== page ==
||Solar flare observations at mm-λ and submm-λ are an important diagnostic tool of particle acceleration processes and energy release (White & Kundu 1992). In that spectral range, gyrosynchrotron from mildly relativistic electrons and thermal bremsstrahlung are the main emission mechanisms. Gyrosynchrotron emission analysis allows to infer the physical conditions in flaring regions. As X-ray emission, it may be used to derive the electron distribution function, althought unlike X-ray emission, gyrosynchrotron emission is also a sensitive function of the magnetic field.
Early observations showed that some flares have an aparent spectral flattening at mm-λ. Kaufmann et al. (1986) tried to explain that flattening with an additional high frequency spectral component. Ramaty & Petrosian (1972) argued that free-free absorption of the non-thermal gyrosynchrotron emission can explain this flatness. Chertok et al. (1995) showed a few more examples of flat spectra. They adhered to the free-free model, and argued that chromospheric evaporation could be responsible for the local density increase that absorbed the gyrosynchrotron emission.
In this work we analyze a sequence of two solar flares ocurred on December 20, 2002. The events took place in the active region AR10226 (S26 W32) at 13:16 UT and 13:18 UT. Radio data at 1-405 GHz frequency range were obtained from the Solar Submillimeter Telescope (SST), Radio Solar Telescope Network (RSTN) and the patrol radiotelescopes of the Bern University, one of them working as a null interferometer at 89.4 GHz. Images from the Hα Solar Telescope for Argentina (HASTA) were used to identify the possible emission sources.
The microwave emission during the peak time of the first flare shows the classical gyrosynchrotron spectrum shape due to a population of accelerated power law electrons in a homogeneous ambient (Ramaty 1969) with a turnover frequency around 12 GHz. The second flare has a microwave spectrum with a flat region of about one decade length (between 2 GHz and 14 GHz approximately). We used a homogeneous model to fit the gyrosynchrotron emission (Ramaty et al. 1994) which gave us, for the first flare, B = 310 G, A = 9␛, n = 5 × 108 cm−3 and δ = 2.9, for the magnetic field strength, emitting area, number density and electron index respectively. A fitting to the spectrum of the second flare yielded the following results: B = 310 G, A = 18″, n = 1.4 × 109 cm−3 and δ = 3.8. In addition, the flux density observed at 212 GHz could indicate the presence of a high frequency second component, as has been observed in other events (see e.g., Kaufmann et al. 2004).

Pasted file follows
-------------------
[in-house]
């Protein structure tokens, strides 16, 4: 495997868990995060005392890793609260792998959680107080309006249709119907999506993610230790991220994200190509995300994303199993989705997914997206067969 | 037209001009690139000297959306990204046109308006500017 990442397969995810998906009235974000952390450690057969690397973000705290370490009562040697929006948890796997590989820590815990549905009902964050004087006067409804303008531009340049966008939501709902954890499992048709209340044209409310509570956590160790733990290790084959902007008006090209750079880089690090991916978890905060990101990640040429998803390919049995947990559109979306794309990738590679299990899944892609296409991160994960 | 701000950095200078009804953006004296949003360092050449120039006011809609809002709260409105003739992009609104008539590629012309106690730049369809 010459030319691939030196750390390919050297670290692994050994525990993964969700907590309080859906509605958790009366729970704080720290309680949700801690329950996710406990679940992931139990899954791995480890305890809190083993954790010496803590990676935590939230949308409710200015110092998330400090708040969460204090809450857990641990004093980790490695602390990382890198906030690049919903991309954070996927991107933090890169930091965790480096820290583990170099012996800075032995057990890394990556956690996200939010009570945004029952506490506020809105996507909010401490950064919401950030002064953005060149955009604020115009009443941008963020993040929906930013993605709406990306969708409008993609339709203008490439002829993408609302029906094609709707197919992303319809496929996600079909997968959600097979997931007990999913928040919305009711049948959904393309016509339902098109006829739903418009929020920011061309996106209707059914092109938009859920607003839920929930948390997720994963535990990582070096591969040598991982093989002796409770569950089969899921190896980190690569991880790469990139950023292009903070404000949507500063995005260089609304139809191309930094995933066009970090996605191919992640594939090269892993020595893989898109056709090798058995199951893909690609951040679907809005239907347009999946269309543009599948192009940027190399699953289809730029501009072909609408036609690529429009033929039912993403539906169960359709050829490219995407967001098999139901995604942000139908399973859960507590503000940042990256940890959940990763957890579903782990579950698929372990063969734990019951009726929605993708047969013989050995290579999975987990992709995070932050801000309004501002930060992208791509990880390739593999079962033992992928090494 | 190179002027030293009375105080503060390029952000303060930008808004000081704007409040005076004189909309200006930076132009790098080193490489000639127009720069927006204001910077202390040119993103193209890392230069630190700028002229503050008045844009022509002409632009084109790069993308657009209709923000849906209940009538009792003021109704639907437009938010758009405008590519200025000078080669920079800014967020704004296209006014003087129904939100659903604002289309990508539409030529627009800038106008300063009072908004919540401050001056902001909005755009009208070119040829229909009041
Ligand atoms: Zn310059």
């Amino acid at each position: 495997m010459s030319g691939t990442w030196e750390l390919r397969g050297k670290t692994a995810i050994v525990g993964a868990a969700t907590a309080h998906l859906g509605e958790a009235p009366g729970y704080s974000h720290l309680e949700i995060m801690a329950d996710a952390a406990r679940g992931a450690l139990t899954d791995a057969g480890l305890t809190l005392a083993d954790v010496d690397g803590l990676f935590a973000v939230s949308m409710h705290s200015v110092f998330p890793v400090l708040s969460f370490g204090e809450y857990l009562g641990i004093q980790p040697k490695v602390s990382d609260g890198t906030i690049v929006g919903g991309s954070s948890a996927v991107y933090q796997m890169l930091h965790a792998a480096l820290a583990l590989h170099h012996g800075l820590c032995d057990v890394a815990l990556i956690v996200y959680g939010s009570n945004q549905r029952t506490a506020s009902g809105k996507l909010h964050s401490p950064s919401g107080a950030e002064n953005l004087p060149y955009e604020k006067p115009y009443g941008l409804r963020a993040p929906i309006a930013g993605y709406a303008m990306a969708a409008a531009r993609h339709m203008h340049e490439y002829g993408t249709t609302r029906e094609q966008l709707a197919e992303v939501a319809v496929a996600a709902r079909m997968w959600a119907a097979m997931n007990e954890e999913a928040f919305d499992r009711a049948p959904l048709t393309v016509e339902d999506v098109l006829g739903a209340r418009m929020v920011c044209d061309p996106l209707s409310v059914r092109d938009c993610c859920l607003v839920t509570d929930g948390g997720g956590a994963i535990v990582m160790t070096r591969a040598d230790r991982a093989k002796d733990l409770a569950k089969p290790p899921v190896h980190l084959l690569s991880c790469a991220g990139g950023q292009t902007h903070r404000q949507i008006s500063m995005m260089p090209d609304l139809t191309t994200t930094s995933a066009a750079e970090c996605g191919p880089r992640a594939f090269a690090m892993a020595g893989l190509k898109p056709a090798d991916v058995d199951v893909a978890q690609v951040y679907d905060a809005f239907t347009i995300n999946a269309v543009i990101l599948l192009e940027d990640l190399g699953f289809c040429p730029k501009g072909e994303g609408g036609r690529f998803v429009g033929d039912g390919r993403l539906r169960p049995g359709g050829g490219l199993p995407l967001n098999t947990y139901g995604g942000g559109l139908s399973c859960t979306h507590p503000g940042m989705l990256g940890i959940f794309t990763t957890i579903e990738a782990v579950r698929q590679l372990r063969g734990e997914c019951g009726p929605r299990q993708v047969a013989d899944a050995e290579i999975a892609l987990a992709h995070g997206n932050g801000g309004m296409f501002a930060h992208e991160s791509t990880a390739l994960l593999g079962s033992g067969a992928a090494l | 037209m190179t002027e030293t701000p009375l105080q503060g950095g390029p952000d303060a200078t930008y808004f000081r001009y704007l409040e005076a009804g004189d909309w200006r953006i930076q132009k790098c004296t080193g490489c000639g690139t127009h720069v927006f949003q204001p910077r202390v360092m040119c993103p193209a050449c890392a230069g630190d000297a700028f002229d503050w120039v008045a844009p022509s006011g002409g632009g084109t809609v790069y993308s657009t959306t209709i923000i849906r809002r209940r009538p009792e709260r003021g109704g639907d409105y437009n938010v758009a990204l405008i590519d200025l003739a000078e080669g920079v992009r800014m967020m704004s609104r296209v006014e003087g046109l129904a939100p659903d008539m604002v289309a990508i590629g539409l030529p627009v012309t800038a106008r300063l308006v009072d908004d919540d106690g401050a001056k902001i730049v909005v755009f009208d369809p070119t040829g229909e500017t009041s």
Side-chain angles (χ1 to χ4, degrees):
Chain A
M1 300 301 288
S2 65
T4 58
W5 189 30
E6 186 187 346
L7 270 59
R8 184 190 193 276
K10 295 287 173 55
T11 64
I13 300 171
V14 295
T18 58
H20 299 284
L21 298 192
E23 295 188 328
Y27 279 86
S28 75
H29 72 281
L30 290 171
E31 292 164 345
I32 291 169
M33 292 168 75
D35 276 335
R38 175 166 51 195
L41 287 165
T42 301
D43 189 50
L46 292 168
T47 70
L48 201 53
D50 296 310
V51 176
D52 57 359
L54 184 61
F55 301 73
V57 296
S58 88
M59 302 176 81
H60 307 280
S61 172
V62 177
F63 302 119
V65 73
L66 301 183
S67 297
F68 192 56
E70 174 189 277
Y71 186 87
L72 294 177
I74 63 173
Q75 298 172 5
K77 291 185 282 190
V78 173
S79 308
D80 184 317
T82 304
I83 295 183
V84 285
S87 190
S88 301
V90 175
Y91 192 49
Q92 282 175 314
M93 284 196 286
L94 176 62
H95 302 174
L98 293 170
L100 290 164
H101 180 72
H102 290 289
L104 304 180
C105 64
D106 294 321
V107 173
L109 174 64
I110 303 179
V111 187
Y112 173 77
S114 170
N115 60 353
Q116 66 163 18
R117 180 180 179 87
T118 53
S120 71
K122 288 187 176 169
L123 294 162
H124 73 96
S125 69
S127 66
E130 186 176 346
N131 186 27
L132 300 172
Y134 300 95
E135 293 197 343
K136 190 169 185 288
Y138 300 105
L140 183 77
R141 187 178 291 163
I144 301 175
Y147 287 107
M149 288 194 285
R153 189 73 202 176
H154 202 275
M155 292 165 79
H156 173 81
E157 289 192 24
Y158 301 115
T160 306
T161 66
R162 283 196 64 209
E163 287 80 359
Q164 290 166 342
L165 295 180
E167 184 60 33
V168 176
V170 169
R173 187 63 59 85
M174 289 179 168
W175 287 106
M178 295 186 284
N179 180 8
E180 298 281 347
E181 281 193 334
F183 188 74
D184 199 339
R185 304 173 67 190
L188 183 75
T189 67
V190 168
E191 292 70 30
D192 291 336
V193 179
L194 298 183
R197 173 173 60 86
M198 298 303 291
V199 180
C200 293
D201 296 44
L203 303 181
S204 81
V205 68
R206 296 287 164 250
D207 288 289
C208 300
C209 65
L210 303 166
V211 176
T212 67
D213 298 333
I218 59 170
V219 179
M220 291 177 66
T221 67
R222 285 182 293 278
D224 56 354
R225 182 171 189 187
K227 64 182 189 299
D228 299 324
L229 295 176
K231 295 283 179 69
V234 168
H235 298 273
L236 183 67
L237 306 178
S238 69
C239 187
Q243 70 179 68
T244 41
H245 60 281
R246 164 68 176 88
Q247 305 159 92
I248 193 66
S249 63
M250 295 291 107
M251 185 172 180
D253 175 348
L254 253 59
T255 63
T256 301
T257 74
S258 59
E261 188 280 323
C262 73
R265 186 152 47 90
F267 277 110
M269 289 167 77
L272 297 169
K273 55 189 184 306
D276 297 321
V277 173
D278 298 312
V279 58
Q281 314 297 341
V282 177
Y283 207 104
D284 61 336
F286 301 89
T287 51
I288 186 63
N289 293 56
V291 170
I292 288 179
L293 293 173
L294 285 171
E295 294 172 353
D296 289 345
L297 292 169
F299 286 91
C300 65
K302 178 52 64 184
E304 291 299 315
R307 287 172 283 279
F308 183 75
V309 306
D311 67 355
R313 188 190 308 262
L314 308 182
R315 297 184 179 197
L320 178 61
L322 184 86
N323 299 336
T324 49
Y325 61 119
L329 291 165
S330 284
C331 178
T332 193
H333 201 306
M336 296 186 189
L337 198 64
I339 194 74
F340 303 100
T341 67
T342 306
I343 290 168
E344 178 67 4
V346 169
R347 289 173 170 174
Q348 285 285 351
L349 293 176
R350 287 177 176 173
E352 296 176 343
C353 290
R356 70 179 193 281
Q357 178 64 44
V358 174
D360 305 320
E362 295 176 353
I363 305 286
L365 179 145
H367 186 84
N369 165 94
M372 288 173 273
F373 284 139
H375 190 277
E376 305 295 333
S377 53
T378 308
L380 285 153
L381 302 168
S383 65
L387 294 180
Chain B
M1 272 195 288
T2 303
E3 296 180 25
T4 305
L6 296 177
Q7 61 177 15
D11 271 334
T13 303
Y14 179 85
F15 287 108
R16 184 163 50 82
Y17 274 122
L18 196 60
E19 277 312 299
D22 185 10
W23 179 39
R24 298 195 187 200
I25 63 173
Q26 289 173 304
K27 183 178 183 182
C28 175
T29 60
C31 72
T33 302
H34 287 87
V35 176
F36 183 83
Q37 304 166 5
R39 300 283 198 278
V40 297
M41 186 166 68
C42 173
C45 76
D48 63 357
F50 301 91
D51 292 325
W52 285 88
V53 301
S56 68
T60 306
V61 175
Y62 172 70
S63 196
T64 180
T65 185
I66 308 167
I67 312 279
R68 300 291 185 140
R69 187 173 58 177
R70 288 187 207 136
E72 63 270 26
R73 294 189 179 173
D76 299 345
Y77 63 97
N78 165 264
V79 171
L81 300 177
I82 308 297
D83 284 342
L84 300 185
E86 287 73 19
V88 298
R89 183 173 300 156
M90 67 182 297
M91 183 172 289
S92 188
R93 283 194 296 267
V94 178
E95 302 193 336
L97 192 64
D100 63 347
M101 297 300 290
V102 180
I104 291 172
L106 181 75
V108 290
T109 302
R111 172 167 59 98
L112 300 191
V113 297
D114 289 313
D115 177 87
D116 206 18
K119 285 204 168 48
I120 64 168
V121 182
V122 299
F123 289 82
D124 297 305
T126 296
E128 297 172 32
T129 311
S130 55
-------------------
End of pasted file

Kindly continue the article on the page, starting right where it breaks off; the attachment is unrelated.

Hα images reveal the presence of three kernels which flare at different times. One of them peaks simultaneously with the first radio bursts, while the brightening of the other two, are coincident with the second burst.
Taking into account the results derived from the fittings, wich showed very different electron populations, we conclude that a loop-loop interaction occurred which changed significantly the medium where the second burst took place. In order to better support this hypothesis we will analyze in detail the AR magnetic field evolution and a coronal magnetic field model will be built to identify the interacting coronal structures.